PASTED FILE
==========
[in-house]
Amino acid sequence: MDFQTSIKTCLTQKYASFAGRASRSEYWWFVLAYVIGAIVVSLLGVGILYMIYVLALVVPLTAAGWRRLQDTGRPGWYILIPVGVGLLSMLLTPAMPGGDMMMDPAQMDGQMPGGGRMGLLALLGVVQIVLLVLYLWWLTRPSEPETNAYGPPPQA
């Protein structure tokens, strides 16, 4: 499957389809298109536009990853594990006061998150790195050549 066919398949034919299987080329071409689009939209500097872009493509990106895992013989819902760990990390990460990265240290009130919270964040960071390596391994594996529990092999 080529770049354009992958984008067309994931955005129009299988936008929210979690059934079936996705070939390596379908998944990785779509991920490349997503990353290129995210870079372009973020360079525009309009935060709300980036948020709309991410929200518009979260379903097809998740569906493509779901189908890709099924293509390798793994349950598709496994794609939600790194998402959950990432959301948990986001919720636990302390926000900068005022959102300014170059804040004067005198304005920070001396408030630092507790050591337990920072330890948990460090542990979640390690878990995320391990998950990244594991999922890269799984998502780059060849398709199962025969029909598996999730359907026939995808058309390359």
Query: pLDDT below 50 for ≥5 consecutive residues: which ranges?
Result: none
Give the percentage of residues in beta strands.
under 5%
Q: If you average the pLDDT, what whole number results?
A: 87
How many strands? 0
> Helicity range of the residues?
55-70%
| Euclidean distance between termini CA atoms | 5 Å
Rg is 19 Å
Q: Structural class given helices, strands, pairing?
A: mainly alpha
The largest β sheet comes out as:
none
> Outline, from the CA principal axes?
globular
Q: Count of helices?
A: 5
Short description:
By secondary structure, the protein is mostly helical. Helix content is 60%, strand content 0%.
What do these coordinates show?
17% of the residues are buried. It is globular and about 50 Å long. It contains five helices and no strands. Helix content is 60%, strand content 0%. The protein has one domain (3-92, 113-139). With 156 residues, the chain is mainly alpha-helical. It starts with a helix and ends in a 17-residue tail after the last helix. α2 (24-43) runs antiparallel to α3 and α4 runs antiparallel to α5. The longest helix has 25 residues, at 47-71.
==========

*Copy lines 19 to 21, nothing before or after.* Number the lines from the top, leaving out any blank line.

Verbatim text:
> Outline, from the CA principal axes?
globular
Q: Count of helices?